Billionaire investor Carl Icahn is dragging Forest Laboratories to court in an attempt to gain full access to its books and fuel a proxy fight for control of the drugmaker.

A complaint filed in the Delaware Chancery Court by Icahn has requested access to documents regarding Forest's succession plans and other governance issues.

It seems a key thorn in Icahn's eye is over who will take over from Forest chairman and chief executive Howard Solomon, 84, who has served on the company's board for 48 years, after he steps down.

In a letter to the company, Icahn reportedly questions whether the lack of a proper succession plan is because Solomon actually intends to hand over the reigns to his son David Solomon, whom he claims is lacking the experience necessary for such a role.

“His only senior level executive experience has come from working for his father – prior to that, David was in the business of making movies,” writes Icahn, according to the New York Times. “Forest Labs is not a dynasty to be despotically handed down from father to son, ignoring the great risk of this action to its shareholders," he said.

Holding just shy of 10% of its stock, 76-year old Icahn is Forest’s second-largest shareholder, but has been at loggerhead's with the firm's leadership since August 2011, when he first tried to change the shape of its board.

In May this year, he also made a filing to the US Securities and Exchange Commission stating his intention to nominate an undisclosed minority slate of candidates to the board of directors, including ex-Merrill Lynch biotechnology analyst Eric Ende. 

Unusual arrangement?

Now, in a further twist to the tale, Reuters has reported that Icahn has an unusual arrangement with Ende that could give Forest extra ammunition for its defence against his tactics.

According to a regulatory filing in May, Icahn has given Ende an incentive to achieve at least $47.50 per share, promising the latter 1% of his profits above this amount if certain conditions are met.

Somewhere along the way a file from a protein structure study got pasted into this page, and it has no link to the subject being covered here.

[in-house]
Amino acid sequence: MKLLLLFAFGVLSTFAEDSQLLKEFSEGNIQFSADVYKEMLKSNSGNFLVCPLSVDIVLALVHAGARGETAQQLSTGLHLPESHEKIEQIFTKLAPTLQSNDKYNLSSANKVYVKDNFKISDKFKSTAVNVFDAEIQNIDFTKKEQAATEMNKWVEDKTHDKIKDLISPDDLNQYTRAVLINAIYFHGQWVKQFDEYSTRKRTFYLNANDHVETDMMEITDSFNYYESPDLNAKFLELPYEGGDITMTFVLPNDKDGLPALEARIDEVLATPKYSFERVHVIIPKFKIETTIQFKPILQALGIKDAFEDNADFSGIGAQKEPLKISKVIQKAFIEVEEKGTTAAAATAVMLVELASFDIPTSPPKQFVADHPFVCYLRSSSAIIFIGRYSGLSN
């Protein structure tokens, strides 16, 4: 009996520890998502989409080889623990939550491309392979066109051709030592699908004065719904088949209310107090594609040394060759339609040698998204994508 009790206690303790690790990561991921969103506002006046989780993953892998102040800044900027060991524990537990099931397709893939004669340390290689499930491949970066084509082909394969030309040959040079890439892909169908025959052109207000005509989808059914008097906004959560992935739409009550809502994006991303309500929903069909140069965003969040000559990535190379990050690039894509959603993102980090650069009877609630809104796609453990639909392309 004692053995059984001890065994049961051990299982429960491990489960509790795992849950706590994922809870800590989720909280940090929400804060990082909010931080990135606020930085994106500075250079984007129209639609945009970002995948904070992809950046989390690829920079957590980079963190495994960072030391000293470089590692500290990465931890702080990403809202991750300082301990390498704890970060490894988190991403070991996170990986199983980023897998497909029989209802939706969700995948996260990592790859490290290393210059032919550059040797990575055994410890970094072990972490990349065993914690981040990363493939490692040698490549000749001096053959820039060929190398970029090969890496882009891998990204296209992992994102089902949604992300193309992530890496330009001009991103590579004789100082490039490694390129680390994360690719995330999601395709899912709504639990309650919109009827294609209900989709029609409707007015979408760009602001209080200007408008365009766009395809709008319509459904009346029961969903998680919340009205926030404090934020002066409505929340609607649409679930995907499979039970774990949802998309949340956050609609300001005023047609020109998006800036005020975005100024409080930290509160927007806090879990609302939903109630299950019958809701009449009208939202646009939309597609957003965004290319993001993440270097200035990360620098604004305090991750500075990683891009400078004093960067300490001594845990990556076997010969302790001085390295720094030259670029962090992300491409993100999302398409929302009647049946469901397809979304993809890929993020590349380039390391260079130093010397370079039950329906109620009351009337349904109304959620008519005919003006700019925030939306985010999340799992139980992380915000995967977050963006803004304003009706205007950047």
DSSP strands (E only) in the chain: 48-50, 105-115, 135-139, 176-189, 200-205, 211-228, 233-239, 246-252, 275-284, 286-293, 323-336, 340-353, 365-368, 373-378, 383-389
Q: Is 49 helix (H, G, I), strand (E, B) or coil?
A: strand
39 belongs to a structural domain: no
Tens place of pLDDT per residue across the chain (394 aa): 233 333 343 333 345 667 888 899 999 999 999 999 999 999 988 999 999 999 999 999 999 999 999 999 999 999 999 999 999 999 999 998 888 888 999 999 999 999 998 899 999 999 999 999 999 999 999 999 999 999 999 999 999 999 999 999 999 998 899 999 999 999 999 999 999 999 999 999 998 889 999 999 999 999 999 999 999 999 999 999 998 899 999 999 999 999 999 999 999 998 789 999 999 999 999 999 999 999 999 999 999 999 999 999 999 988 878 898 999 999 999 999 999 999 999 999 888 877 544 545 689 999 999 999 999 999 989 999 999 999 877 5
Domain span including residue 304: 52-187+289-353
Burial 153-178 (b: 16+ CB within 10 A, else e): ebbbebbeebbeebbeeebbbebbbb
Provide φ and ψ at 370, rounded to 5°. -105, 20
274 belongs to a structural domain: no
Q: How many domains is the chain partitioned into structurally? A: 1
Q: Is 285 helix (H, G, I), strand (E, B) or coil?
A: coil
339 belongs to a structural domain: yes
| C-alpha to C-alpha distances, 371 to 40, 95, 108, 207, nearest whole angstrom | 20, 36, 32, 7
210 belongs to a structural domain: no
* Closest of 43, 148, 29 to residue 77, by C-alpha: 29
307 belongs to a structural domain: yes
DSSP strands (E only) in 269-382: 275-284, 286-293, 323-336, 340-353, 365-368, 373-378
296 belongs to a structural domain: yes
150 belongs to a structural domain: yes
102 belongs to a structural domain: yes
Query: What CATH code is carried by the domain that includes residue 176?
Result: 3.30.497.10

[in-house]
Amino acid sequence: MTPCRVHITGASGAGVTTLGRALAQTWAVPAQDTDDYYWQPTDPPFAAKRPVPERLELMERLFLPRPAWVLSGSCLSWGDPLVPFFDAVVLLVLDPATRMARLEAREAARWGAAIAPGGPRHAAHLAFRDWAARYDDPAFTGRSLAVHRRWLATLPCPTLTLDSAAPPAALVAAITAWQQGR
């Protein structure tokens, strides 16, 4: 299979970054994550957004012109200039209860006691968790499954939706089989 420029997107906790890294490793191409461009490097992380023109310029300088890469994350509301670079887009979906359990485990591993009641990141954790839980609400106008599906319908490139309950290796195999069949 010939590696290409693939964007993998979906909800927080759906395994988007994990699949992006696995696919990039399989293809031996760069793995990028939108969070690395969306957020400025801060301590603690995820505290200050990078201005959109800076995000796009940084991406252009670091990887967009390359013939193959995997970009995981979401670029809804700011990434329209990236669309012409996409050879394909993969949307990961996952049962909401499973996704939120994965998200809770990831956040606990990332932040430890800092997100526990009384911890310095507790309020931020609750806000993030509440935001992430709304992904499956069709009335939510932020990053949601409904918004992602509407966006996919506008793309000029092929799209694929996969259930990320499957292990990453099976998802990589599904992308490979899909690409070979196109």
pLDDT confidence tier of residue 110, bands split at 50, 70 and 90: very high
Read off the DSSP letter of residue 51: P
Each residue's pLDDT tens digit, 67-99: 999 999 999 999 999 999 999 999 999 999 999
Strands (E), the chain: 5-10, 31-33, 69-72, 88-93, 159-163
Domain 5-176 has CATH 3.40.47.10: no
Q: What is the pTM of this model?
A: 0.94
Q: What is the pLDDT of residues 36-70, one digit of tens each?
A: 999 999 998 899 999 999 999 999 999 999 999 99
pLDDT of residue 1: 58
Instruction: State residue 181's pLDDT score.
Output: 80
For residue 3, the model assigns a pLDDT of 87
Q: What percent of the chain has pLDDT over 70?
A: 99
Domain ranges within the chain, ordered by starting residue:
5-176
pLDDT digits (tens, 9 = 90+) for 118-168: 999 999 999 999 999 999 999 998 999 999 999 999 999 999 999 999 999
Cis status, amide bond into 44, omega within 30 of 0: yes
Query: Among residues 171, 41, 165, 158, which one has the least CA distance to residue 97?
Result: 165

Under this arrangement, if Icahn were to sell up at $50 apiece, for example, then Ende would receive around $659,000, as Reuters points out, adding that Ende is also getting a fee of $65,000 per month during the proxy contest.

Forest bites back

In response to Icahn's letter, Forest said: "We regret that Mr Icahn has resorted once again to his tired playbook designed for maximum distortion, distraction and litigation rather than engaging constructively with the company".

"Icahn is simply recycling arguments that were rejected last year by the vast majority of Forest shareholders, and has nominated a director slate led by Eric Ende, who received the lowest number of votes of any of the fourteen nominees to Forest's board last year".

And with regards to his comments about succession, "the idea that Forest has been less than forthcoming could not be further from the truth," it said. 

"As previously disclosed, the company is engaged in ongoing succession planning, led by its independent directors," Forest stressed, and noted that Howard Solomon "is one of the most successful CEOs in the industry and it would be both inappropriate and unusual to announce his successor at this time".